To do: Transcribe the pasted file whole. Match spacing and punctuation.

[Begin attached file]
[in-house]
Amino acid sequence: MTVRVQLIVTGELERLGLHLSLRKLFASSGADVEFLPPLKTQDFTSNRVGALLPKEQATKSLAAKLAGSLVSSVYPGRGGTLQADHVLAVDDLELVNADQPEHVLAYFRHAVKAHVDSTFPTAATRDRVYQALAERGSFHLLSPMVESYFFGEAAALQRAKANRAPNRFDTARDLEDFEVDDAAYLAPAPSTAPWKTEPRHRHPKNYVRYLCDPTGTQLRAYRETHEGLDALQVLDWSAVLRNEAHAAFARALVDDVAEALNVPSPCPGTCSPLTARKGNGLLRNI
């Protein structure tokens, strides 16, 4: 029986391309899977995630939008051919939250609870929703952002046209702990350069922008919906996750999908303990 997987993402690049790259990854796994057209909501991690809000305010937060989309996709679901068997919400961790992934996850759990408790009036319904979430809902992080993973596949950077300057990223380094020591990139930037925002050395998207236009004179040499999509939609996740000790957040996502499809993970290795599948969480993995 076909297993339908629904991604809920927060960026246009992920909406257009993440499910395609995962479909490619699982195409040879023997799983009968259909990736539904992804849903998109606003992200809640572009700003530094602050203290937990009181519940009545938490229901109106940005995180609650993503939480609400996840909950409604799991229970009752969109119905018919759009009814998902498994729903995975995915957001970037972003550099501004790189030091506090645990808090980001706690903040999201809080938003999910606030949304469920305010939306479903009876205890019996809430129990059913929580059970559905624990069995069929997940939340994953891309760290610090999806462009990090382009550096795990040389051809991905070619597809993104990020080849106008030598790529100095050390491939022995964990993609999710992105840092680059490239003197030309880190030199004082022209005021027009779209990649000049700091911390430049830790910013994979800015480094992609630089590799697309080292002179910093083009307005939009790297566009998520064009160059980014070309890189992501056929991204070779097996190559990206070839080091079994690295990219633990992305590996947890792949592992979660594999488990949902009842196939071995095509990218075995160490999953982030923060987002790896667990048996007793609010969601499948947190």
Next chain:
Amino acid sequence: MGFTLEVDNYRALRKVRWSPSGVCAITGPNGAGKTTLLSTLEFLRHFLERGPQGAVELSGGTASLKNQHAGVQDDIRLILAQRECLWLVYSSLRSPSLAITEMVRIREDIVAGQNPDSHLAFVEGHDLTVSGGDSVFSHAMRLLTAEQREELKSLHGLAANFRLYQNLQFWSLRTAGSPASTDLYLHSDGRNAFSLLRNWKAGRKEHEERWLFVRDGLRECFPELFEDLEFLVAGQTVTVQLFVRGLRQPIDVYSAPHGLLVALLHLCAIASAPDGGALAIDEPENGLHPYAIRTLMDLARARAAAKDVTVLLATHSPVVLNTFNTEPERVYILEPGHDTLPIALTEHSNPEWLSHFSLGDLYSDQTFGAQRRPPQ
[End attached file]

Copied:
[in-house]
Amino acid sequence: MTVRVQLIVTGELERLGLHLSLRKLFASSGADVEFLPPLKTQDFTSNRVGALLPKEQATKSLAAKLAGSLVSSVYPGRGGTLQADHVLAVDDLELVNADQPEHVLAYFRHAVKAHVDSTFPTAATRDRVYQALAERGSFHLLSPMVESYFFGEAAALQRAKANRAPNRFDTARDLEDFEVDDAAYLAPAPSTAPWKTEPRHRHPKNYVRYLCDPTGTQLRAYRETHEGLDALQVLDWSAVLRNEAHAAFARALVDDVAEALNVPSPCPGTCSPLTARKGNGLLRNI
């Protein structure tokens, strides 16, 4: 029986391309899977995630939008051919939250609870929703952002046209702990350069922008919906996750999908303990 997987993402690049790259990854796994057209909501991690809000305010937060989309996709679901068997919400961790992934996850759990408790009036319904979430809902992080993973596949950077300057990223380094020591990139930037925002050395998207236009004179040499999509939609996740000790957040996502499809993970290795599948969480993995 076909297993339908629904991604809920927060960026246009992920909406257009993440499910395609995962479909490619699982195409040879023997799983009968259909990736539904992804849903998109606003992200809640572009700003530094602050203290937990009181519940009545938490229901109106940005995180609650993503939480609400996840909950409604799991229970009752969109119905018919759009009814998902498994729903995975995915957001970037972003550099501004790189030091506090645990808090980001706690903040999201809080938003999910606030949304469920305010939306479903009876205890019996809430129990059913929580059970559905624990069995069929997940939340994953891309760290610090999806462009990090382009550096795990040389051809991905070619597809993104990020080849106008030598790529100095050390491939022995964990993609999710992105840092680059490239003197030309880190030199004082022209005021027009779209990649000049700091911390430049830790910013994979800015480094992609630089590799697309080292002179910093083009307005939009790297566009998520064009160059980014070309890189992501056929991204070779097996190559990206070839080091079994690295990219633990992305590996947890792949592992979660594999488990949902009842196939071995095509990218075995160490999953982030923060987002790896667990048996007793609010969601499948947190």
Next chain:
Amino acid sequence: MGFTLEVDNYRALRKVRWSPSGVCAITGPNGAGKTTLLSTLEFLRHFLERGPQGAVELSGGTASLKNQHAGVQDDIRLILAQRECLWLVYSSLRSPSLAITEMVRIREDIVAGQNPDSHLAFVEGHDLTVSGGDSVFSHAMRLLTAEQREELKSLHGLAANFRLYQNLQFWSLRTAGSPASTDLYLHSDGRNAFSLLRNWKAGRKEHEERWLFVRDGLRECFPELFEDLEFLVAGQTVTVQLFVRGLRQPIDVYSAPHGLLVALLHLCAIASAPDGGALAIDEPENGLHPYAIRTLMDLARARAAAKDVTVLLATHSPVVLNTFNTEPERVYILEPGHDTLPIALTEHSNPEWLSHFSLGDLYSDQTFGAQRRPPQ